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A US hacker wrongfully imprisoned and later set free on appeal is demanding the princely sum of 28,296 bitcoins in compensation.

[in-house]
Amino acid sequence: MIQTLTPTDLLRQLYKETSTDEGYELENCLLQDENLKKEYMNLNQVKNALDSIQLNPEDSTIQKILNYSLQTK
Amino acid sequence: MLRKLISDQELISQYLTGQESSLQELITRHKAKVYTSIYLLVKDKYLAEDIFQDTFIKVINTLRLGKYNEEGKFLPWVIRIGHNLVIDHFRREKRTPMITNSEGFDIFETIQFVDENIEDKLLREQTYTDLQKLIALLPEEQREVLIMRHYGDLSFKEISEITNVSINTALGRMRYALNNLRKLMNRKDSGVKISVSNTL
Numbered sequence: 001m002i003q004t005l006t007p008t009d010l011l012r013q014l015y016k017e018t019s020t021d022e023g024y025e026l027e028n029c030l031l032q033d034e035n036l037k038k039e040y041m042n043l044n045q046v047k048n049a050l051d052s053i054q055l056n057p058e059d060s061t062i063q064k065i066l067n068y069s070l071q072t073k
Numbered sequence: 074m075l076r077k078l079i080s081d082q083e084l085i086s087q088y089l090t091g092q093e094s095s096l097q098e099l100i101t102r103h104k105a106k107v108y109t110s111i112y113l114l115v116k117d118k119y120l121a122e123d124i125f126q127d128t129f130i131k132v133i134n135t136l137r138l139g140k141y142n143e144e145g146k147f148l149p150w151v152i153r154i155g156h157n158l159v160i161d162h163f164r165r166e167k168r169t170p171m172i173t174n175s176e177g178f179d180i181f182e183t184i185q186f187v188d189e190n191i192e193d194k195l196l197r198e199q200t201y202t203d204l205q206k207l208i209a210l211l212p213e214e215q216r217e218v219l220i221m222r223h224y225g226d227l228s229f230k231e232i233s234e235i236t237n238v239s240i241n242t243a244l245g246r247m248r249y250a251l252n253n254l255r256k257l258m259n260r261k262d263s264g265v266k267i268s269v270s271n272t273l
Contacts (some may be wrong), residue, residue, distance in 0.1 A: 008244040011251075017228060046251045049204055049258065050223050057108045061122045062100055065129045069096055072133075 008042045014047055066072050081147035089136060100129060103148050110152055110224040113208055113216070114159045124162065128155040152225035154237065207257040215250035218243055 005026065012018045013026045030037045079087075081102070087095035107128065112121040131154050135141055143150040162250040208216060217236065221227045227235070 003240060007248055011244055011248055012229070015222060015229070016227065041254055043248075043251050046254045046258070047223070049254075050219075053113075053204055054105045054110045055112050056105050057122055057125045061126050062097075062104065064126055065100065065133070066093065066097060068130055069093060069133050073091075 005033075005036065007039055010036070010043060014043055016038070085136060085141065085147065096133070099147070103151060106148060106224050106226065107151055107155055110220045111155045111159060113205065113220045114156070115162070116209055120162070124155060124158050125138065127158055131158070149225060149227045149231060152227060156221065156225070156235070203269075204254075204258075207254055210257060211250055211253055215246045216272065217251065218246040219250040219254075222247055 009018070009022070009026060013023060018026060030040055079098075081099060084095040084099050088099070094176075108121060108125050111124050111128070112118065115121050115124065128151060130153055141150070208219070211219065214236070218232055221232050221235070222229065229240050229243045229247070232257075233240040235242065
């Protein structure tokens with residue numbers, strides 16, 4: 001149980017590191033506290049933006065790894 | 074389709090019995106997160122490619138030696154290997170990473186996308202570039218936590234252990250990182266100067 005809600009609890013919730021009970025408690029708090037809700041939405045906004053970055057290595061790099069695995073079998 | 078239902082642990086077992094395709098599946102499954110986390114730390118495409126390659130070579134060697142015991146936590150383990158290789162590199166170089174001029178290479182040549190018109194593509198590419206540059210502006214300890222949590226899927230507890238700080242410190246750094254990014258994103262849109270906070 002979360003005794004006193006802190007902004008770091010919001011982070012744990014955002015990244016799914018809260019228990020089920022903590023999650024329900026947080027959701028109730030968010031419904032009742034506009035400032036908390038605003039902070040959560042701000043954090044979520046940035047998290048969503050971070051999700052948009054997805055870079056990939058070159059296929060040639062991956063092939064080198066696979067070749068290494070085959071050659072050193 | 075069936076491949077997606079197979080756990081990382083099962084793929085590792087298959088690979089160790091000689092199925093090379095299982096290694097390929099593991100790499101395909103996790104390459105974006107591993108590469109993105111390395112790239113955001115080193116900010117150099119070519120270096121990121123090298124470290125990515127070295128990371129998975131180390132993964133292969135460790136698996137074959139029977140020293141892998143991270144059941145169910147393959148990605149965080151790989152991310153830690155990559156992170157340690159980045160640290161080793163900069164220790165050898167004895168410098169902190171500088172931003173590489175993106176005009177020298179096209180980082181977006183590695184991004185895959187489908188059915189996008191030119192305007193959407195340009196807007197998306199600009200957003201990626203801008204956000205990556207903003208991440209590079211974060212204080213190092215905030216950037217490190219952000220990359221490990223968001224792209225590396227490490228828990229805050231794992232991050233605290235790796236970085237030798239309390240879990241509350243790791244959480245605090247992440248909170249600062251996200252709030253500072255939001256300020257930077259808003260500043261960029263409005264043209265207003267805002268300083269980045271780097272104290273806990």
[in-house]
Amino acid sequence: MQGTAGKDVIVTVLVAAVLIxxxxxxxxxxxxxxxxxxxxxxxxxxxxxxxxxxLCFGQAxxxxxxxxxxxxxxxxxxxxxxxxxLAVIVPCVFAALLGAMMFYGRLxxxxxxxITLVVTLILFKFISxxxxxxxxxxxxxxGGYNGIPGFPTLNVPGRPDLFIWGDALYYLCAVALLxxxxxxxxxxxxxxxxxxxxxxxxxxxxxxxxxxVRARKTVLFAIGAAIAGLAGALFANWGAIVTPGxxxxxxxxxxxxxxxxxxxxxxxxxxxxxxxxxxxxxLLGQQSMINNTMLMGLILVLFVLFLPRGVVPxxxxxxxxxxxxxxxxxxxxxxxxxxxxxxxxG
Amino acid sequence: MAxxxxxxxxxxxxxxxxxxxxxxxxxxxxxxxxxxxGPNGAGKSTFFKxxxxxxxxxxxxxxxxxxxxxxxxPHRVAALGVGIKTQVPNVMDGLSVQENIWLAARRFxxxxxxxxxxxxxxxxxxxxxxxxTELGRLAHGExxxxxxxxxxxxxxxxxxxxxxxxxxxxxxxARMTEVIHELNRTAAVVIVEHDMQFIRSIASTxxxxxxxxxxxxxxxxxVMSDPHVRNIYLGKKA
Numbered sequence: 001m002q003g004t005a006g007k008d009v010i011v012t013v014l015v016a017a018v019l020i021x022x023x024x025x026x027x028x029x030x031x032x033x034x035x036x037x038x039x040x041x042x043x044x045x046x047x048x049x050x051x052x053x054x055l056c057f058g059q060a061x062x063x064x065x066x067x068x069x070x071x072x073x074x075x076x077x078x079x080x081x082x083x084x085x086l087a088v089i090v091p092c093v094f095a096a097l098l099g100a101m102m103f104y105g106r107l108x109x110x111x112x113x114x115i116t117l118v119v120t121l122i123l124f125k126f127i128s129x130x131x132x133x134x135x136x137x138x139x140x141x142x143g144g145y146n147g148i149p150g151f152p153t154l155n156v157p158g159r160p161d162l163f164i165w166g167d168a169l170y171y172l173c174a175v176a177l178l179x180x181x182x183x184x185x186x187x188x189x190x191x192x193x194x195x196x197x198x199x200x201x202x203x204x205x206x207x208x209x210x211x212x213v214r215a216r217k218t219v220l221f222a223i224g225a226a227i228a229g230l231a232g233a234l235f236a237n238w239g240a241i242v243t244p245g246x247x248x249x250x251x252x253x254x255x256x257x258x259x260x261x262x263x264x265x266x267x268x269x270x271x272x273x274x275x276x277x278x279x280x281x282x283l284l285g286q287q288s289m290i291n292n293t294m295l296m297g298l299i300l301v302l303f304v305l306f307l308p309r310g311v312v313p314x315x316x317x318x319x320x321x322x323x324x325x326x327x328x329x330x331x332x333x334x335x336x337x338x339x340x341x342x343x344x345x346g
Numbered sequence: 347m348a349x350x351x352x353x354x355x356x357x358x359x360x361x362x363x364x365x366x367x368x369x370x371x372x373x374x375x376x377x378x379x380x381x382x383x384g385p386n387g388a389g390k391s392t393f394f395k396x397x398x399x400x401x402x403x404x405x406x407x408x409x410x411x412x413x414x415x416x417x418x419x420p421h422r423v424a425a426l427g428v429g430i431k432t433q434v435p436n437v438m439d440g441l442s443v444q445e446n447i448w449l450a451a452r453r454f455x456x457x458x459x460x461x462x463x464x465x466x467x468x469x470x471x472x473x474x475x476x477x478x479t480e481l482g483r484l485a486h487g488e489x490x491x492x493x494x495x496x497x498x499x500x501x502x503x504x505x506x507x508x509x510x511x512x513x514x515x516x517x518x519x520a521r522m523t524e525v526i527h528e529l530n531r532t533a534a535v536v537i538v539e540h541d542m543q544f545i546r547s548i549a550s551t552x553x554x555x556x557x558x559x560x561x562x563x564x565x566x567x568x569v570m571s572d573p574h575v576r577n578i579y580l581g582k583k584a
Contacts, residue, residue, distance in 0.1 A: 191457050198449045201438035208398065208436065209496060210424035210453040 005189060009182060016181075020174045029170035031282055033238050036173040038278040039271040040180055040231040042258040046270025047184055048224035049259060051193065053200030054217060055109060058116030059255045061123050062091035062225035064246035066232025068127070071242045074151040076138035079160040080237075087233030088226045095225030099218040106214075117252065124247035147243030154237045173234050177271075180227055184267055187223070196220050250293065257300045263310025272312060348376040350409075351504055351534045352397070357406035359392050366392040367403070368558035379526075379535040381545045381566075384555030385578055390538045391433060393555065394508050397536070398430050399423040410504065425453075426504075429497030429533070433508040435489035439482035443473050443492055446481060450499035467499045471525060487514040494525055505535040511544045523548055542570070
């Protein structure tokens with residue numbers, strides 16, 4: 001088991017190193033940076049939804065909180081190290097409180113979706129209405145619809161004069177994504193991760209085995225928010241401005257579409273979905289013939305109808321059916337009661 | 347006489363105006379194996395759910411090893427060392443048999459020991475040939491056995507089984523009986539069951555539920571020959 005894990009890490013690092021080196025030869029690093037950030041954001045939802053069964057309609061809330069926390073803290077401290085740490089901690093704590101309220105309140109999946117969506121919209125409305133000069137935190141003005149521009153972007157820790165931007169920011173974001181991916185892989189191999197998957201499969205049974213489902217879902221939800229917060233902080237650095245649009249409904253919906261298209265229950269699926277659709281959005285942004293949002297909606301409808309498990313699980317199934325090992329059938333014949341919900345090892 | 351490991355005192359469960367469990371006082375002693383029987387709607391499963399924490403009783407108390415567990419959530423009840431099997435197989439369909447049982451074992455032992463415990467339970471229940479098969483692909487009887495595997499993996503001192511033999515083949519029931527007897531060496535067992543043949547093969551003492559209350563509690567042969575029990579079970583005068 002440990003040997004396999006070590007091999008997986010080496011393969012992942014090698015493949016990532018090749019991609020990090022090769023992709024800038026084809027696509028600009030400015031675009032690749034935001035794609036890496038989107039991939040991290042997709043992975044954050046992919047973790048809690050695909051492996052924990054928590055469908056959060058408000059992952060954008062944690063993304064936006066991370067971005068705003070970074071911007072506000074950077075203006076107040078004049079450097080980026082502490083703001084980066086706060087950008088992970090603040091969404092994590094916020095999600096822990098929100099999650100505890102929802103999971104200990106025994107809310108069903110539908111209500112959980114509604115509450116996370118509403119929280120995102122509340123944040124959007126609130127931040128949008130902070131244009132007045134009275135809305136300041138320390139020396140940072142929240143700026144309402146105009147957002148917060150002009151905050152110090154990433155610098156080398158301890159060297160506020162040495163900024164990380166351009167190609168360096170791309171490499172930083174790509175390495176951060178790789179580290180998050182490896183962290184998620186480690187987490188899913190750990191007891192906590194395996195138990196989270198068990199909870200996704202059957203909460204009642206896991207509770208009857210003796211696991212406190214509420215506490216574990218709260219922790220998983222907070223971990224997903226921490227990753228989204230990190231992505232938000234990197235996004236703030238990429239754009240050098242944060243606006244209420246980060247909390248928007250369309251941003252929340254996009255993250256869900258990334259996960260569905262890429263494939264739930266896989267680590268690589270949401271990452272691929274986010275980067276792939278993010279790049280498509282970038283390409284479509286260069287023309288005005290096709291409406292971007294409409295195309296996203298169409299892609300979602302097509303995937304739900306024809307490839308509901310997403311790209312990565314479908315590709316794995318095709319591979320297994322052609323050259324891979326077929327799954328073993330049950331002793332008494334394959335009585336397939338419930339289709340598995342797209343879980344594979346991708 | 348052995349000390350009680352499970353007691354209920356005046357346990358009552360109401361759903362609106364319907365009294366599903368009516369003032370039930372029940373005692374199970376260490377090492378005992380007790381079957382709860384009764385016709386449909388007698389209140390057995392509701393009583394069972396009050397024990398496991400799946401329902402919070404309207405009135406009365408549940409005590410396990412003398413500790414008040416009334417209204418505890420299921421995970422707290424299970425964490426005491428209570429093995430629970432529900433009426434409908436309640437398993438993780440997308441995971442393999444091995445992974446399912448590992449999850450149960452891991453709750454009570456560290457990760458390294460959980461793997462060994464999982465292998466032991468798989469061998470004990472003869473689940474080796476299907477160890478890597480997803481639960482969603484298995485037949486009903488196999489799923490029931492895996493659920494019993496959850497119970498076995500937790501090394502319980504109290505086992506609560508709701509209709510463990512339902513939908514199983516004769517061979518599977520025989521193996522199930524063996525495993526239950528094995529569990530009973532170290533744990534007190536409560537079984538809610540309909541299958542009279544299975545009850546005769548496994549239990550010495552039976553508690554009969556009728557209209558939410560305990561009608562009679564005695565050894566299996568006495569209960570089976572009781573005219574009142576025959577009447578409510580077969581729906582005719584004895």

A US hacker wrongfully imprisoned and later set free on appeal is demanding the princely sum of 28,296 bitcoins in compensation.Andrew Auernheimer was convicted of exploiting a flaw in AT&T's servers, exposing more than 114,000 iPad user email addresses, International Business Times reports, and spent 13 months of a 41-month sentence in prison before being freed on April, 11 2014.Now, in an open letter to the US government, Auernheimer is demanding payment of 1BTC for every hour he spent in custody, calculating the total due at over US$13 million.“I have, over the course of 3 years, been made the victim of a criminal conspiracy by those in the federal government,” he writes, “This was a conspiracy of sedition and treason, perpetrated with violence by a limited number of federal agents to deprive me of my constitutional rights to a fair trial and unlawfully put me in prison.”Every man has his priceThe letter was sent “to federal government” and is addressed explicitly to “the Honorable Susan D. Wigenton,” the district judge who originally sentenced Auernheimer and “US Attorney Paul J. Fishman, Assistant US Attorney Zach Intrater, and FBI Special Agent Christian Schorle,” whom Auernheimer claims were the main forces behind his wrongful conviction.Auernheimer further alleges deprivation of his constitutional right to a fair trial, and insufficient services provided by the “overworked federal defender”, for whom he said he was forced to find “enough resources to fight the case while he was struggling to keep the lights in his office on.”Immediately prior to his sentencing last year, Auernheimer posted on Reddit and included comments such as “My regret is being nice enough to give AT&T a chance to patch before dropping the dataset to Gawker. I won't nearly be as nice next time,” which were subsequently used to justify the prosecution’s verdict.The Verge further noted at the time that “his controversial, often reactionary politics and talent for infuriating others with his real and feigned beliefs have gained him few allies.”However, not all parties were entirely convinced even prior to Auernheimer’s release being granted. Independent journalist Tom Pool wrote of the trial, “I felt like I was watching a witch trial as prosecutors admitted they didn't understand computers.”While the case highlights the complex problems of cybercriminality, the reception to Auernheimer’s letter by the community has so far been limited. A handful of Reddit users commented the news, citing various elements of the letter as being more detrimental to Auernheimer than to the federal justice system, while one even doubts the legitimacy of the letter itself.News of a payout has yet to surface.
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